But by then we knew there were lions out and about, and that’s what we went for. With some expert maneuvering, David got us to a plain where one had been spotted, camouflaged in the tall grass. It didn’t take long for her to reveal herself, appearing in perfect light: A young lioness, about two years old, David told me.

More lions appeared around her, seemingly out of nowhere, rising out of the grass where they had been hiding. The two humans in the Land Cruiser got a couple looks from them, but the lions were evidently more interested in something they appeared to be smelling on the wind.

  Eventually, four of them appeared, all young and all very much into whatever it was they had literally gotten wind of. Over the radio, David heard what it was: A fresh antelope kill. As our four lions began to amble toward the smell, David turned the engine on. We were going to follow them.

The young lions wasted no time diving into their meal, emerging with bloody faces. In the background, more antelopes seemed to be considering the situation with worry. The cats were eating their fill, though, as David explained — for a while, the antelopes had little to fear from satiated predators. (In the image below, they also look closer to the lions than they actually were, because of the telephoto compression of the long lens I was using.)

All this had happened before 9am, a reminder that a lot of the interesting stuff takes place when the sun isn’t yet high on the horizon and blazing down. But we still had plenty to see; David made sure I wouldn’t miss any of the big fauna, and we encountered zebras next, after some driving around.

I didn’t need David’s help to spot these three giraffes.

I would have been satisfied at that point, but the park had other surprises in store for us, and the biggest one was waiting in a patch of shade: a resting lioness, taking refuge from the mounting heat. As I silently prayed that she would look at me, I was glad I’d brought along a big, heavy zoom lens.

The reason armed rangers patrol the park appeared next to our left as we drove bumpily around: a mother rhino and her calf.

The park has several species of antelope as well, including Grant’s gazelles.

We found a small herd of about 15 impalas by the side of the road, too. Led by a male, they were grazing peacefully and seemed unperturbed by our presence.

Luck was definitely on our side. On our way out of the park, we stopped at a pond on the off-chance that a croc might appear. It did, and once again I would have missed it if not for David’s sharp eyesight (and 20 years of experience).

The David Sheldrick Wildlife Trust

You could do the park as a standalone visit, but you’d miss out on the biggest of the Big Five animals you can find on safari. There aren’t any wild elephants within the park’s confines, but you can go see the Sheldrick Wildlife Trust, where orphaned elephants are reared until they can return to the wild. In theory, it’s a really sad story. There is no person with a beating heart who won’t be moved by the tale of an orphaned baby elephant — but there’s a happy ending: orphans rescued by the Sheldrick end up back with a herd, roaming free on the big plains.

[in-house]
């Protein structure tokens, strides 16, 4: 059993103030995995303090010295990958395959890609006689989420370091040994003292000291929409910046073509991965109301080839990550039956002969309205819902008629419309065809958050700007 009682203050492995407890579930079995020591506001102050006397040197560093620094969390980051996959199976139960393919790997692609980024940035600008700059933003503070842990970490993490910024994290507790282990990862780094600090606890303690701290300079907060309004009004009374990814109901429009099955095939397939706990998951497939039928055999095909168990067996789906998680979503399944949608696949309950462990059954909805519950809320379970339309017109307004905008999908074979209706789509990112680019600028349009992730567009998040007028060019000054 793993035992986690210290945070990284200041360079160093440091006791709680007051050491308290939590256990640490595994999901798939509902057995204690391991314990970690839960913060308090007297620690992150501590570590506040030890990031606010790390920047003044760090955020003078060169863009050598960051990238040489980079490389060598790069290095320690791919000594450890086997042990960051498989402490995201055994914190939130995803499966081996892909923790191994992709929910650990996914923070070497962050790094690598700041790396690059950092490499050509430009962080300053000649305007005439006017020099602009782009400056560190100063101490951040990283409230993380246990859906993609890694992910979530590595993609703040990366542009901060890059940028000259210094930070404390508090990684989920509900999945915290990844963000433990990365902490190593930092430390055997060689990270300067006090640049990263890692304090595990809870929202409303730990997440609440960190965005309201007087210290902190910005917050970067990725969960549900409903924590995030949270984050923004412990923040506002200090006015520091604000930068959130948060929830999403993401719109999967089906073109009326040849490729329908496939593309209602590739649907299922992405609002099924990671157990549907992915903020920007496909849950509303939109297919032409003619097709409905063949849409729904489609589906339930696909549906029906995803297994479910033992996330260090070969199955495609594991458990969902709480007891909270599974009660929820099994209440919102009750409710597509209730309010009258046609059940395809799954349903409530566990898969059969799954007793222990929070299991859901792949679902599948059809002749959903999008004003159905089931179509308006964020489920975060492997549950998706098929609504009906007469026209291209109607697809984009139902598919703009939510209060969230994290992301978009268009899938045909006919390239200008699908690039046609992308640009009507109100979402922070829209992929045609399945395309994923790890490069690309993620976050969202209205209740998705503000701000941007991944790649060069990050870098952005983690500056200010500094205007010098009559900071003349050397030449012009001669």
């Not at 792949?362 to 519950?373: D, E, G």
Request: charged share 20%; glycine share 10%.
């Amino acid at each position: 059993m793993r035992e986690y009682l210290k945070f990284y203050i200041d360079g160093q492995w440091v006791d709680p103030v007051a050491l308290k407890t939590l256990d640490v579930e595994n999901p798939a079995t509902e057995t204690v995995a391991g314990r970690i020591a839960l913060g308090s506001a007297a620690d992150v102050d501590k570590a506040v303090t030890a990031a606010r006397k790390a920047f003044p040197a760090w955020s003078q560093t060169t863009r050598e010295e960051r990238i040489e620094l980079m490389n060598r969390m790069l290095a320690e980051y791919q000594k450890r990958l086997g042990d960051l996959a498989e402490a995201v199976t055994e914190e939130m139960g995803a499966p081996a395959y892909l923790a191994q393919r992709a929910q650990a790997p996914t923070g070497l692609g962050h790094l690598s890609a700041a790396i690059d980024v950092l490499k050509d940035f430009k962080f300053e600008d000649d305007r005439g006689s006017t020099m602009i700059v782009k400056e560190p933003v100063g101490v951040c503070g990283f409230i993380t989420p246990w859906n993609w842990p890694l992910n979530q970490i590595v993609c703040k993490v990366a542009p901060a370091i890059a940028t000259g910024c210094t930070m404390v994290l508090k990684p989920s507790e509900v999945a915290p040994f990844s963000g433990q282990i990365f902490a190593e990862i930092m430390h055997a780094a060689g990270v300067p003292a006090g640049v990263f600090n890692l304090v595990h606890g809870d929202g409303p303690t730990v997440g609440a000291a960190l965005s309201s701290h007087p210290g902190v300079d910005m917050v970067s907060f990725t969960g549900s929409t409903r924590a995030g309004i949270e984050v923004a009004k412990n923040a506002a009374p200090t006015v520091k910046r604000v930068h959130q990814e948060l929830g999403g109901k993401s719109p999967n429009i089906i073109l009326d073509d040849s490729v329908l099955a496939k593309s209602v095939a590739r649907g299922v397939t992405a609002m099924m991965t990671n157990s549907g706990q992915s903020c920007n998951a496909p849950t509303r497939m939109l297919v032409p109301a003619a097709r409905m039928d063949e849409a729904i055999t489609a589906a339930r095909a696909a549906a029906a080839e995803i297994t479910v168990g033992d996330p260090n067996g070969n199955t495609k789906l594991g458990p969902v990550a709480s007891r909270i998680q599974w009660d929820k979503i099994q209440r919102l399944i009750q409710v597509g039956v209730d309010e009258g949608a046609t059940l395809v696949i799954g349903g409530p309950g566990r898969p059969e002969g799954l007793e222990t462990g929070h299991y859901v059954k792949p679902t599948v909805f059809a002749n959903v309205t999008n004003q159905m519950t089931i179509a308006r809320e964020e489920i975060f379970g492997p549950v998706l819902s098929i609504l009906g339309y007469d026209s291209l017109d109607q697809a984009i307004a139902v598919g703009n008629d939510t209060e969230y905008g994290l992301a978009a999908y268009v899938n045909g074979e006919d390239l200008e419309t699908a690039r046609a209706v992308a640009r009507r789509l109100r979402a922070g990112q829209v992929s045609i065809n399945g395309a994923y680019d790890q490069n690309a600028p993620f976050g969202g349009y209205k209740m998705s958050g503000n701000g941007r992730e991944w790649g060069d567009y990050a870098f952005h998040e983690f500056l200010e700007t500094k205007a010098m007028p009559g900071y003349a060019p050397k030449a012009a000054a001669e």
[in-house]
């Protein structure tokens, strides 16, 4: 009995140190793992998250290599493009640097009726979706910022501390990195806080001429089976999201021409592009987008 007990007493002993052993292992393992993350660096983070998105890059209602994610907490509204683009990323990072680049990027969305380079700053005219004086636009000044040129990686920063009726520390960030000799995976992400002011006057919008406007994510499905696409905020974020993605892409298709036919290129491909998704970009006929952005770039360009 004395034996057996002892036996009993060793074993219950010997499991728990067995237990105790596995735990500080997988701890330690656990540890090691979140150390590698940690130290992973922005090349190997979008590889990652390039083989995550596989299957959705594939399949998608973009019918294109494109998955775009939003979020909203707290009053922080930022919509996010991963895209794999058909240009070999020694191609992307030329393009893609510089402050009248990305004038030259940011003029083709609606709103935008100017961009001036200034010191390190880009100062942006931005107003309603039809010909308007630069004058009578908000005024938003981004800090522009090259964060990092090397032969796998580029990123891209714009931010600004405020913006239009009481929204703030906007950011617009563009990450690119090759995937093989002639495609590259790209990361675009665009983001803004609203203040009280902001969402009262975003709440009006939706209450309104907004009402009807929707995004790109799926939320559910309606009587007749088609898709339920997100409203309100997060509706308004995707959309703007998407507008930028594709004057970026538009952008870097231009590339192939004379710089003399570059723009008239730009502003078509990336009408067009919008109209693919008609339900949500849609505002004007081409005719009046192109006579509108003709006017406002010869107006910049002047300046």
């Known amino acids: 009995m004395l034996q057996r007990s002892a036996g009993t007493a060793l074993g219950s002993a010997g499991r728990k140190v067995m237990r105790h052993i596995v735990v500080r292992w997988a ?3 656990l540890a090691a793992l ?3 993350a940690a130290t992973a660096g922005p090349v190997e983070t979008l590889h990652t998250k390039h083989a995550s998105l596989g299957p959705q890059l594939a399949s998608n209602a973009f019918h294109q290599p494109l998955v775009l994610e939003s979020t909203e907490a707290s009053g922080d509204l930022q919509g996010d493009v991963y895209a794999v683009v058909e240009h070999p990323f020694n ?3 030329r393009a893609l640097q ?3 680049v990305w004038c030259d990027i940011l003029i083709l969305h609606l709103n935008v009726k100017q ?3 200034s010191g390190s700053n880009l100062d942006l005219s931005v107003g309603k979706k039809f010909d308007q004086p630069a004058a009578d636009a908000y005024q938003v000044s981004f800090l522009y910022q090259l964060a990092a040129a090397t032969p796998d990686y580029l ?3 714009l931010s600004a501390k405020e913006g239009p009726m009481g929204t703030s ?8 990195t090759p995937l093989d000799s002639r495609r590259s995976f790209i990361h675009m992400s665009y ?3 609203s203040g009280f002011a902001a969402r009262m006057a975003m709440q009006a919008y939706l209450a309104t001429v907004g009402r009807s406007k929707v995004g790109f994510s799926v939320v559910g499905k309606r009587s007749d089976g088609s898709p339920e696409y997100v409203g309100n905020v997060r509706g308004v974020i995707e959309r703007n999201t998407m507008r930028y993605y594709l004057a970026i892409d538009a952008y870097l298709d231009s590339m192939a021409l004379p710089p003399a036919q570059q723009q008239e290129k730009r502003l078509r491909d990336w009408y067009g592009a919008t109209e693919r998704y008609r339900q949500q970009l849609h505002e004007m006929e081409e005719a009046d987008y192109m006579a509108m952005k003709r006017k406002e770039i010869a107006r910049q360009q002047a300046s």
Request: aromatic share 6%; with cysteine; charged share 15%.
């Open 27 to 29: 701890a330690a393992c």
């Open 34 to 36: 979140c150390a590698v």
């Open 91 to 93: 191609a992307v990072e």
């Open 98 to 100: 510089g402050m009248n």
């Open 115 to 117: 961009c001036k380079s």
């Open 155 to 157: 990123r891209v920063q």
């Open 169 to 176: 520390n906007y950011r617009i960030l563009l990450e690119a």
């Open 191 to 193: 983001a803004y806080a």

Every day from 11am to noon, the elephants are brought out to play in the mud. And play they do, displaying a taste for rolling around and spraying each other (and sometimes spectators) with water. They get close enough to touch, too.

The elephants are fed baby formula, in large bottles they gulp down in seconds.

Fun for everybody, bipedal and not — and even for a random warthog that at one point ran through, chased by nothing more than a peal of laughter. The elephants could not care less.

Giraffe Center

After the Sheldrick, David drove me to the nearby Giraffe Center, whose entrance fee was included with the price of my tour, like the Sheldrick’s. This is also a good spot to buy souvenirs, from giraffe-shaped fridge magnets to locally-crafted textiles.

The big attraction here is feeding the giraffes by hand or, if you’re looking for a photo that will definitely get comments on Instagram, by placing a pellet in your mouth and letting the giraffe snatch it with its tongue. Kelly, a 17-year old giraffe, demonstrated how it works.

Just watch out for head butts. Giraffes apparently don’t like to be teased, and if you extend a hand, it better have food in it. Not too much of it, though, as the sign warns.

Giraffes are a big hit with kids. A purpose-built structure lets people touch the animals at the giraffes’ own 15-foot level.

Cramming all this into a single day — plus a stop at some artisanal shops for local coffee, tea, T-shirts and other gifts for friends and family — took until 4pm. David, whose conversation and abundant knowledge punctuated the unforgettable day, deposited me back at the Radisson in time for a swim and a Tusker beer before dinner.

What to Bring

Nairobi is right on the Equator, but also relatively high at 6,000 feet, so you should layer your clothing accordingly. With a lightweight Gore-Tex jacket for the cold, breezy morning, a T-shirt underneath for the 85-degree day and a scarf to ward off the dust, I was just fine. Wote Group provided ample water to drink, which you will need. Bringing snacks is your responsibility. We did not stop for lunch, but we could have — just tell your guide if you’re hungry.

I shot photos with my phone, a Sony RX-100 III compact camera for wide shots, and a Nikon D7500 DSLR with an 80-400 mm zoom lens for the wildlife shots. A lens with a 400 mm equivalent focal length is definitely needed for optimal results when photographing faraway animals — I found myself wishing at times for something even longer, but size and weight do go up significantly above 400 mm, and you’ll have trouble balancing a lens that big on your vehicle’s railing without a beanbag. I saw quite a few people wielding binoculars, and next time — there will be a next time — I will probably bring a pair, too. As well as sunscreen, which I forgot, but a mild sunburn was a small price to pay for an adventure I cannot recommend enough.

All images by the author except where indicated.